Medicare, the federal health insurance program for people sixty-five years old and older, and certain other defined classes, provides medical coverage for millions of Americans. The program is split into various “parts”, with Part A providing coverage for hospital stays and other care services, Part B providing coverage for doctor’s services, and Part D providing prescription drug coverage. A Part C exists as well, known as Medicare Advantage, offered by private companies approved by Medicare.
The Medicare program has an “open enrollment” period every year, which, as it happens, is going on right now. The period extends from October 15 to December 7. During the open enrollment period, you can make changes to your Medicare coverage. For example, during this period you can enroll in Medicare Part D if you have not done so already. Or perhaps you now want to enroll in a Medicare Advantage plan – this is the time to do it. It should be noted that in order to enroll in a Medicare Advantage plan, you must be enrolled in Medicare Part A and Part B and live in the plan’s service area.
If you are already enrolled in a Medicare Advantage plan and don’t think you need to make any changes, you should still review your plan details during this period. Benefits and premiums can change from year to year, and the coverage for next year may not be suitable for your situation going forward. The same can be said for Medicare Part D coverage. You should check the prescription drug coverage for the coming year to make sure that your prescriptions are still covered.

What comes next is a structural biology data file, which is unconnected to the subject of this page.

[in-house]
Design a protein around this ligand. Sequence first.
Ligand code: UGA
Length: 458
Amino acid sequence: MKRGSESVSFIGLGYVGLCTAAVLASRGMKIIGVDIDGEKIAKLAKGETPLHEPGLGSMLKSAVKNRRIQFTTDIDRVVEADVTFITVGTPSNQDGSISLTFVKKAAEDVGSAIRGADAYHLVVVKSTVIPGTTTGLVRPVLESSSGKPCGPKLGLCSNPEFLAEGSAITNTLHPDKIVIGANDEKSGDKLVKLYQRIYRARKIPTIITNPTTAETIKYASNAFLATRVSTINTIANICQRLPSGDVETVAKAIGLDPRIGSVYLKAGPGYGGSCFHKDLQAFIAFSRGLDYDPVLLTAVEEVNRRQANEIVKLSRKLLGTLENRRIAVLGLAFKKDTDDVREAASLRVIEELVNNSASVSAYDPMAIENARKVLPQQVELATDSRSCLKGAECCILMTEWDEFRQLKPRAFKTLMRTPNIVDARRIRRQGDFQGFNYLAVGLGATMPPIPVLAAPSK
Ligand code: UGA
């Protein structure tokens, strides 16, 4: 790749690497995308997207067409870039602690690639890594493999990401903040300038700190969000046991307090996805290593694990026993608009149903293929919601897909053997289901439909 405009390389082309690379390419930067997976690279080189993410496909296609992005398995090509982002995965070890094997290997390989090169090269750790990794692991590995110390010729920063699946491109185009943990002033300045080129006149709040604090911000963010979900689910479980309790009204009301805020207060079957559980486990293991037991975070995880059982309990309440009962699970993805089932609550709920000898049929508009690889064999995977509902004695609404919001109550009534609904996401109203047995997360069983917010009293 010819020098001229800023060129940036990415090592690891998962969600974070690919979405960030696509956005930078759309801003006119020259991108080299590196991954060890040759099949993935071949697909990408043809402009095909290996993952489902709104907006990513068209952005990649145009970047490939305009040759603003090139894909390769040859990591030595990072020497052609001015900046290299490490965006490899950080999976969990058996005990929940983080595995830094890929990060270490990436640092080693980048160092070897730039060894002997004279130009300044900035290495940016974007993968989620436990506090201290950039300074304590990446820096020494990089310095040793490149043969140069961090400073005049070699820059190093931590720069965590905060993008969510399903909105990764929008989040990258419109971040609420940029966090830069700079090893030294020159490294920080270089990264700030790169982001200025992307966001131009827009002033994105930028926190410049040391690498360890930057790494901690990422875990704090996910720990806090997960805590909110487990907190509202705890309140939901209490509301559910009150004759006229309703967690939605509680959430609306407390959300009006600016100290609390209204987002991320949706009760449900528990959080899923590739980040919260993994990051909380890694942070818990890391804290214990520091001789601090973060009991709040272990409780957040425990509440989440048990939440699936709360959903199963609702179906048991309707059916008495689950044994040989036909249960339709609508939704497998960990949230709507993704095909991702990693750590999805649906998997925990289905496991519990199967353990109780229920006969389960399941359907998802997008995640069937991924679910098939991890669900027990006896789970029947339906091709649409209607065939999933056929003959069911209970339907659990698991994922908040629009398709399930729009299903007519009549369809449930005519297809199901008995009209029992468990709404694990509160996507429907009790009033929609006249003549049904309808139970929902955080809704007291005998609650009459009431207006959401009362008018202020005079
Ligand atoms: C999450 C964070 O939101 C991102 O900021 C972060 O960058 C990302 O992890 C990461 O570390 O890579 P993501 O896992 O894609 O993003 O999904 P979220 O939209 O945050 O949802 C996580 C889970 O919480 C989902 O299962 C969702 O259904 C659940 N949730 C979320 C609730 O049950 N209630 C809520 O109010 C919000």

Starting in 2019, there is a period from January 1 through March 31, when you have the opportunity to switch Medicare Advantage plans. So, if you chose a Medicare Advantage plan during the open enrollment period and then decide in the first quarter of 2019 that you don’t like the plan, you can switch to a different plan, or go back to the original Medicare. This can be done only once, whereas during the open enrollment period you can change your mind multiple times.
There are some other issues to be aware of when it comes to Medicare. Starting in April of 2018, new Medicare ID cards were issued. These new cards did not have social security numbers on them, with the intention of curbing identity theft. All Medicare beneficiaries will receive new cards by April of 2019. When received, the old ID card should be securely destroyed. The “donut hole” provision is also changing – the “donut hole” is the gap in coverage for prescription drugs after Medicare pays for a certain portion. The beneficiary would have to pay the costs in the gap up to a certain dollar amount. This provision is changing as a result of the Bipartisan Budget Act of 2018.
As you can see, Medicare is a complicated federal program. Coverage options should be reviewed during the open enrollment period to ensure that your plan is still suitable for you. Further information about these issues can be found at www.medicare.gov or by calling 1-800-633-4227.